held.
Red Cross closed its campaign
on November 3. There were four
homerooms which reached the
100 per cent mark. Total amount
taken in by the Red Cross was
$33.31.
Hi-Noc-Ar staff reports that the
senior class was 100 per cent in
subscribing to the annual. Only
thirty-four students failed to buy
a yearbook out of the more than
600 students enrolled in school.
Homeroom 112, Miss Jessie
Johnson’s class, had Harry Gay
to perform during assembly pro-
£:ram on October 30. Harry Gay,
a Negro pianist popular among
students, played a variety of
songs.
'■-iiiye "’iii Montkay
Beginning Thursday, stores
will be busier and more than
likely traffic will be sprinkled
with students’ faces behind the
wheels of that treasured pos
session, the family car. Pies
and cakes Thursday morning
will have faint traces of finger-
prif.its and, worse still, smudges
in the smooth icing undoubted
ly made to cover up the first
offense.
Why? Because students will
be having- a holiday Thursday
and Friday, Yes, there’s all
this and more!—The gobbler
better be on a sharp lookout
‘cause November 26 is Thanks
giving!
Daughtridge Tops In Contest
Charles Daughtridge, junior, was
named grand champion in the
magazine subscription sales cam
paign held recently at . RMSHS.
His outstanding sales, totaling
$14!, entitled him to the number
one prize, a Philco table model
radio. Charles’ record was chal
lenged by sophomore LulJfe Landen
who sold $!!0 worth.
Mr. Charles Doak, representative
of the Curtiss Publication Com
pany, presented other prizes last
Friday to Glenda Starling, who
sold $8! worth, Charles Daugh
tridge, and Luke Landen,' who were
the high salesmen for the senior,
junior, and sophomore classes re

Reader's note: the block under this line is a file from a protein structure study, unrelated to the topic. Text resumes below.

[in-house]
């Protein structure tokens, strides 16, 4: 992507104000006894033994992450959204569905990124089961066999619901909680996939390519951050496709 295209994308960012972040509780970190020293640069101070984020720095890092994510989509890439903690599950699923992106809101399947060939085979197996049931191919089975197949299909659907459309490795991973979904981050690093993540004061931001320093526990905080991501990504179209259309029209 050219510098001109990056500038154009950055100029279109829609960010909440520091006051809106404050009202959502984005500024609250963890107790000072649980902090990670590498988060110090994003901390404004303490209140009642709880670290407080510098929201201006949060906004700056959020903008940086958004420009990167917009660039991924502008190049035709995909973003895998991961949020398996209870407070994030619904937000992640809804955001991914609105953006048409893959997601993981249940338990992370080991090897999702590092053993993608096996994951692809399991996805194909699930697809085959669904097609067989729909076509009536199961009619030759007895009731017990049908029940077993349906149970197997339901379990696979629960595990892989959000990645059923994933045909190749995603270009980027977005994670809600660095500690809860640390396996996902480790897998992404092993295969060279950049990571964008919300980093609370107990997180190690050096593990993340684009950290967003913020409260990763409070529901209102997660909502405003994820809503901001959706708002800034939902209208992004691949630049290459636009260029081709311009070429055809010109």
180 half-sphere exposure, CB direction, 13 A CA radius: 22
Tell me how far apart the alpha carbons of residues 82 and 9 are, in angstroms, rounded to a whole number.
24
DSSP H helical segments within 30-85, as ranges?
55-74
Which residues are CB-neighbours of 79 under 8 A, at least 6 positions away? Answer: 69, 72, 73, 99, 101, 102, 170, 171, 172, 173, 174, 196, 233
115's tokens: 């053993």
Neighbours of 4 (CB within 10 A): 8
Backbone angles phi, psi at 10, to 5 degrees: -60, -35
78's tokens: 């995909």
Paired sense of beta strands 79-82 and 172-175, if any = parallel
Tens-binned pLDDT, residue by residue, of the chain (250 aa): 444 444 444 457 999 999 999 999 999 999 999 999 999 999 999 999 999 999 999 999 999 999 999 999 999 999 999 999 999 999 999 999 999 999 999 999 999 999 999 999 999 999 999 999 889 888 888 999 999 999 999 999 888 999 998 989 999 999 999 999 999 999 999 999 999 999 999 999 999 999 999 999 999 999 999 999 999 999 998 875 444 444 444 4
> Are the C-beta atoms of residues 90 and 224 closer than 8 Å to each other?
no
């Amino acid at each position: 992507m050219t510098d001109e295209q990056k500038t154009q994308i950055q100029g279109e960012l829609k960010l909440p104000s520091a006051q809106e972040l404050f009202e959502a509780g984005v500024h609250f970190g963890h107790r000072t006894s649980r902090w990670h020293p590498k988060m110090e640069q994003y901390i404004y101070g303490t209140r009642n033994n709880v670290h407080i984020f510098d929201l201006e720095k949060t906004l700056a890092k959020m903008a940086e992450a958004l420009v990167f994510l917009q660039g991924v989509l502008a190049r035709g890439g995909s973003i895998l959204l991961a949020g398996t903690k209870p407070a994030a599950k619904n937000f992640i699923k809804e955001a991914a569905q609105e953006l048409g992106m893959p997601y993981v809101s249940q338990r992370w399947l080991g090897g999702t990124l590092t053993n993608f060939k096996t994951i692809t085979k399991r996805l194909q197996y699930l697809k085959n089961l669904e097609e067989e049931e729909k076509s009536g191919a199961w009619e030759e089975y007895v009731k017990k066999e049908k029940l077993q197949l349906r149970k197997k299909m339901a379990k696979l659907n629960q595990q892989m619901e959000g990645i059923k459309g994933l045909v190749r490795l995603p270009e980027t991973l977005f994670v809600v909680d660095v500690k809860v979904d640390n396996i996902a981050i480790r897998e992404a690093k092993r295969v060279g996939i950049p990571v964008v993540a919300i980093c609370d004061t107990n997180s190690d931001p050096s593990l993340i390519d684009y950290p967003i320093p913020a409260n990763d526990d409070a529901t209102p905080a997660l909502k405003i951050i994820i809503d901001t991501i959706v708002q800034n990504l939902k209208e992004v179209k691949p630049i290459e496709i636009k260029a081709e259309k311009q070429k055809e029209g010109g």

spectively. They each received a
wrist watch.
Other winners were second
place, Kmily Ryals, senior, with
$67 sales: Judy Brewer, junior,
$!04 sales; and Peggy Robbins,
sophomore, $70 sales. In third
place were Dan Capps, Carolyn
Rabil, and Betsy Hutto. Each sec-
^h^e-
go home. Ansco camera.
AdGpts Child
Class of ‘54 decided to carry on
the project started by last year’s
seniors when it voted to adopt
Jamna Maciejna, a foreign war
■ orphan. The class plans to send
i their “child” a whole year’s care,
I including food, clothing and a
I place to live.
I Jamna Maciejna was previously
i adopted by the class of ‘53 three
j ’.onsecutive years. After graduat-
I ion, the class suggested that the
I rising senior class adopt her and
' carry on the project started when
I this group was sophomores.
‘ Present senior class sent a check
I for $!80 to the Foster parent’s
I Plan For War Children, Inc., in
' New Yofk City last week. They
will in turn notify Jnmna that '.she
has been adopted by the senior
class for another year.
r’ostev Parent’s Plan For ^ar
Children is an organization started
; O'jk in 1937 by Major John Lang-
‘ dnn-Divi", and it has continued
since then. Sole purpose is to give
a ho.'ie, .some food, and some
clothing to those children who
liave lost everything through the
riiv '.'jes of v.'ar.
'Each day of the campaign slips
were drawn from a box which held
every student’s name. These names
were sealed in an envelope marked '• r» j n
“mystery winners.” Prom msKnigfltflSClTlut^reXy
group a grand mystery winner was j
cliosen. Janet Spain was the lucky j Bard members elected officers
person. She received a Bulovajfor the year last week. They are
wrist watch.
I George Knight, president: George
and
Those whose names were among Sti;ickland, vice president;
the mystery winners had to have i Mary Jo Currin, secretary,
sold one subscription to qualify I 'Ihe'.e ma'or officers with the
for the final drawing. Out of thir- I band Hbra'. ian, Ruth Parmer, Jean
teen eligibles only five qualified. I Su?\i' raid Boots Pittman will form
They were Garland Chick, Scot the band council. The council’s